Lesson Plans

Secondary School

Black Women’s Activism and the Feminist Movement

Developed by: Emily Dychtenberg, MT Candidate, OISE – Grade and Strand: Grade 10 Canadian History, Strand D: Canada 1945-1982, Strand E: 1982 to the Present.

In this lesson the topic of Black women’s activism and its rise in the 1970s and 1980s will be investigated. Students will have the opportunity to analyze primary documents in an effort to understand Black women’s activism and some of the factors that accounted for it. A key focus is the particular challenges faced by Black women as they related to both race and gender. Students will also learn about specific activist groups and how their activism challenged some of the narratives from the women’s movement at the time. Students will come to their own conclusions regarding the status of Black women’s activism and its relevance in Canada today.

Note: This lesson plan was initially designed for high school teachers and with the Ontario-based curriculum requirements for grade ten Canadian history in mind. However, it can be used with students from grades ten through twelve. Community college and university instructors may also wish to adopt or modify the lesson plan for their own classes. The plan contains highly sensitive materials that may cause students discomfort, unease, or possibly “trigger” a recurrence of trauma, so we ask that appropriate measures be taken. More detailed comments are included in the lesson plan.

Angela Robertson, member of the Black Women's Collective, speaks at a protest against police violence. In response to the October 27, 1989, police shooting of 23-year-old Black woman Sophia Cook, the Black Women’s Collective organized the Women’s Coalition Against Racism and Police Violence. This coalition of 35 women’s and progressive organizations brought people together on December 16, 1989, to demand police accountability and an end to police brutality against Black people.

Keywords

Black women’s activism

Women’s movement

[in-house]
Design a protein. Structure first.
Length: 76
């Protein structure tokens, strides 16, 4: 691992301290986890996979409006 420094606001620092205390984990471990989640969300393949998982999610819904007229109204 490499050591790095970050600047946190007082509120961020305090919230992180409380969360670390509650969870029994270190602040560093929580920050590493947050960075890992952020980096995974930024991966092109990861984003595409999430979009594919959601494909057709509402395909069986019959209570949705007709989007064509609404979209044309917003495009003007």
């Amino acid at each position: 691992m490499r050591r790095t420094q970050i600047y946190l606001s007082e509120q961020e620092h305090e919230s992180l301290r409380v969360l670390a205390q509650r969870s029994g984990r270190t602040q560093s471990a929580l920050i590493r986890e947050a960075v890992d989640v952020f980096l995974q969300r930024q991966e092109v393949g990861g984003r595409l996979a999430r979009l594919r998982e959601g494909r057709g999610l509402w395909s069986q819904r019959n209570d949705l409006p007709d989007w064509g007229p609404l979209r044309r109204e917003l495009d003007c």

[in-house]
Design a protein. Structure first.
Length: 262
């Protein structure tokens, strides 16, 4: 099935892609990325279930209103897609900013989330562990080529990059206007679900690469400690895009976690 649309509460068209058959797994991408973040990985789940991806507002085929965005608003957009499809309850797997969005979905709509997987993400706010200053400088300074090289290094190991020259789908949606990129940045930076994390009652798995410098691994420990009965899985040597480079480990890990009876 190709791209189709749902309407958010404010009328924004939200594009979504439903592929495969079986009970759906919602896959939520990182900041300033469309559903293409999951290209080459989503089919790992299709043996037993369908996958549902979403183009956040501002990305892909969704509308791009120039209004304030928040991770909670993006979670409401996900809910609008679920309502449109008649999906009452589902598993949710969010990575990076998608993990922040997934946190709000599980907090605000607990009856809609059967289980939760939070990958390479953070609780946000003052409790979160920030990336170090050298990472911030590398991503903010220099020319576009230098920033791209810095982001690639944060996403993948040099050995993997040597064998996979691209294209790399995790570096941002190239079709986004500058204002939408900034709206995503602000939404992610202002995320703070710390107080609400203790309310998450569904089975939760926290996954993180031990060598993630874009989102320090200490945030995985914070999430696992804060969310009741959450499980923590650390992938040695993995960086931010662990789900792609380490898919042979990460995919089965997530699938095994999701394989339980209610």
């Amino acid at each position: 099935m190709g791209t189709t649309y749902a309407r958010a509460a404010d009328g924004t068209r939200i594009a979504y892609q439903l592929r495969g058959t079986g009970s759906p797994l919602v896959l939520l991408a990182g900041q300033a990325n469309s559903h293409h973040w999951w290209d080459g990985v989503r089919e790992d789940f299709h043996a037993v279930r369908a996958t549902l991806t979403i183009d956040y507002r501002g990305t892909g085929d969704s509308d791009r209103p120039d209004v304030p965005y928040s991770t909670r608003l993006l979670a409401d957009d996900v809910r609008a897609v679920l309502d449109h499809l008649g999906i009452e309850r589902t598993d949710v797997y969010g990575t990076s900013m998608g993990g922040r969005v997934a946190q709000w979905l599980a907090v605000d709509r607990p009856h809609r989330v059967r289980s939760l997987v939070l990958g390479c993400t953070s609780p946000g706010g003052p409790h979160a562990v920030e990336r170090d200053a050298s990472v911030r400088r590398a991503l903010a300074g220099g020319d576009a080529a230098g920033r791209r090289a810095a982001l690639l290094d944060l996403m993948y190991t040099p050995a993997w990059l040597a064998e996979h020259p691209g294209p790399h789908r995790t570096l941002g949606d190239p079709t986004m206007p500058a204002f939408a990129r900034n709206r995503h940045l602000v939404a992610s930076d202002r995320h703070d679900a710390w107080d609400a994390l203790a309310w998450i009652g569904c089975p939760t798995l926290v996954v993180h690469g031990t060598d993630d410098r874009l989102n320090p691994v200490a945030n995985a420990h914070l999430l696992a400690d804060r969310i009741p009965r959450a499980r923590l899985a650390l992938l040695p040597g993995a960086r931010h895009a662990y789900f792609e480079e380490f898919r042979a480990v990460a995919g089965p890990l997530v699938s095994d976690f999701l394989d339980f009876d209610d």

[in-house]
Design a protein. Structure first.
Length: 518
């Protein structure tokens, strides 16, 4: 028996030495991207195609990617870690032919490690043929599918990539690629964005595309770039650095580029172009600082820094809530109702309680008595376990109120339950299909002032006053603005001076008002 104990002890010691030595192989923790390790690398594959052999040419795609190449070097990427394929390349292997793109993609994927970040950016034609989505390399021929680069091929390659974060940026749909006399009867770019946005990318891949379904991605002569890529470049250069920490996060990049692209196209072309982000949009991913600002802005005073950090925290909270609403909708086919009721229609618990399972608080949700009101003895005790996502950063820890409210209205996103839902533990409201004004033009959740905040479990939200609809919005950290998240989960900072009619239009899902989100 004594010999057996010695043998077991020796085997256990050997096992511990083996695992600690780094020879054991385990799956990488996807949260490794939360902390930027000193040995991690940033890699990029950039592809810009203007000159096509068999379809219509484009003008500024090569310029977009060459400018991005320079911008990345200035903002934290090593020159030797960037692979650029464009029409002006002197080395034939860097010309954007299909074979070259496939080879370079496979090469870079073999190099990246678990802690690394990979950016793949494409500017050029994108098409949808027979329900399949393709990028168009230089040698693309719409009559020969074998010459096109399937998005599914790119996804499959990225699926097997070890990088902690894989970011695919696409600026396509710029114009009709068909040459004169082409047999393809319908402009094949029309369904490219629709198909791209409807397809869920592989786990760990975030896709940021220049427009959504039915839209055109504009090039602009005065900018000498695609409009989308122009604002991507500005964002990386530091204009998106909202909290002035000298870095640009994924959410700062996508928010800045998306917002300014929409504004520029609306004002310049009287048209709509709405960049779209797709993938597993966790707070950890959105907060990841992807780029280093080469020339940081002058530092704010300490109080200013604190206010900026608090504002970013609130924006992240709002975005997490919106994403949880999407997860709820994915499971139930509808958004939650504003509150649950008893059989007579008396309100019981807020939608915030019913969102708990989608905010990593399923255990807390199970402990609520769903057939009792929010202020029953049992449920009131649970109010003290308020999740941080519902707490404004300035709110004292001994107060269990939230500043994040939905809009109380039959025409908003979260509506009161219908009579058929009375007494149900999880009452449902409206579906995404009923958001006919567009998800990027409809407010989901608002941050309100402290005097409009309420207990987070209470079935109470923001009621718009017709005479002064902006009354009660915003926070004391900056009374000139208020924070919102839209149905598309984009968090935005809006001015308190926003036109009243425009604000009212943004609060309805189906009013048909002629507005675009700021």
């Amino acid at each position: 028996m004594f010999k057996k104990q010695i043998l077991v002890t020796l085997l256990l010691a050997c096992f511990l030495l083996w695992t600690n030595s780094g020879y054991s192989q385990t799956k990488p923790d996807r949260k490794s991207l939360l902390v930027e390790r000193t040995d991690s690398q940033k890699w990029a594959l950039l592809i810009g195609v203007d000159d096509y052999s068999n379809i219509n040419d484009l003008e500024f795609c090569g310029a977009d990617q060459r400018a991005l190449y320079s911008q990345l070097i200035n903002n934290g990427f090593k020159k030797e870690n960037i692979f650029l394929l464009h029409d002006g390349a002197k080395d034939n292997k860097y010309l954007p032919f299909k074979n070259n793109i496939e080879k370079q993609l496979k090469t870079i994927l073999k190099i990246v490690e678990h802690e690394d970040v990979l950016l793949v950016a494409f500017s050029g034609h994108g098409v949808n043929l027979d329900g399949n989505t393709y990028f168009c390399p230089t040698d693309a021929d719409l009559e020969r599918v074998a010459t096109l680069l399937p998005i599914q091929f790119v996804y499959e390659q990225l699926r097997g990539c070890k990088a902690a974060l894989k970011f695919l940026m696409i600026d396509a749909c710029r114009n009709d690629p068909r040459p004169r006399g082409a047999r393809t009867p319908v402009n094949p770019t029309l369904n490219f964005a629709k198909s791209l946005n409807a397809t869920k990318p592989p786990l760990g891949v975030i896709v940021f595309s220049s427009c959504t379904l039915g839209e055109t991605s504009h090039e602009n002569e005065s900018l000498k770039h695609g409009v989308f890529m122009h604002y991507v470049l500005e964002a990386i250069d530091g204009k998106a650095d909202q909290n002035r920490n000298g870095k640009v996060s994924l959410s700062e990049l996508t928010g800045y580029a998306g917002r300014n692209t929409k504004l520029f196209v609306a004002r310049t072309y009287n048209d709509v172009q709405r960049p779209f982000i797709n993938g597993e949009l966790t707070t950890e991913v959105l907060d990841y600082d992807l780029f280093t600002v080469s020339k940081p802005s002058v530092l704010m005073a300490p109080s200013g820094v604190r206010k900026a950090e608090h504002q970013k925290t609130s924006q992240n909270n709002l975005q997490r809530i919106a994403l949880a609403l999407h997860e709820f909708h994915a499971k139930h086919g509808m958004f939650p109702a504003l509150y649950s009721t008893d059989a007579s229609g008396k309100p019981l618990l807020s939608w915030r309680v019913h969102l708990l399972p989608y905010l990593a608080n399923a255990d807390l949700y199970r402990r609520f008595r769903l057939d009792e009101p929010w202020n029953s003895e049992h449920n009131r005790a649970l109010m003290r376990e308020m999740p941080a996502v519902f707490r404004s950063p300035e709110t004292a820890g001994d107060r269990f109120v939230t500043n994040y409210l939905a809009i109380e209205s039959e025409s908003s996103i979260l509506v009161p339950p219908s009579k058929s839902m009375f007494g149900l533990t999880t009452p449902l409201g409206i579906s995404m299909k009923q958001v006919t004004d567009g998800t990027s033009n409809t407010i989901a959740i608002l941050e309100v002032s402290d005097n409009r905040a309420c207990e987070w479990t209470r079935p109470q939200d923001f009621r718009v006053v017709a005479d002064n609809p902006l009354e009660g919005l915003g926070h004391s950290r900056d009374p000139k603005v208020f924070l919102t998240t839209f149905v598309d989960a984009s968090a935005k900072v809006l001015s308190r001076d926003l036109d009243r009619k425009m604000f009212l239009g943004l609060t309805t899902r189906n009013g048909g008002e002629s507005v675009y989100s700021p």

Primary research

Race and gender

Secondary School

Indigenous Women’s Activism

Developed by: Sarah Anne Johnson, MT Candidate, OISE 

In this lesson the topic of Indigenous women’s issues and concerns during the late 20th century and Indigenous activism will be investigated. Students will have the opportunity to examine the related topics of violence against Indigenous women, and the violation and lack of Indigenous women’s fundamental rights in Canada. Students will also look at how Indigenous women have organized and empowered themselves in Canadian society, especially during the late 20th century. 

Note: This lesson plan was initially designed for high school teachers with the Ontario-based curriculum requirements for grade ten Canadian history in mind. However, it can be used with students from grades ten through twelve. Community colleges and university instructors may also wish to adopt or modify the lesson plan for their own classes. The plan contains highly sensitive materials that may cause students discomfort, unease, or possibly “trigger” a recurrence of trauma, so we ask that appropriate measures be taken. More detailed comments can be found in the lesson plan.

This photo is one of a number taken at the Oka Peace Camp set up in July 1990 in solidarity with the Mohawks of Kanehsatake who rose up in defense of their ancestral lands after the Oka Golf Club proposed an extension and the building of luxury condos over a Mohawk ancestral graveyard in the sacred wooded area known as “The Pines”. This land had never been ceded. In early July, after the Mohawks refused to end their non-violent occupation of the area or to take down the barricade, the Sûreté du Québec (Quebec police) moved in resulting in a violent confrontation. Later, the Canadian army was called in. Mohawk women, including Ellen Gabriel, played a central role in the uprising, which lasted for 78 intense days (July 11 – September 26, 1990). In the end, the golf course was not extended, and the condos were not built. But the larger issues of land sovereignty have never been resolved.

Keywords

Indigenous women’s activism

Violence against Indigenous women

Indigenous women’s rights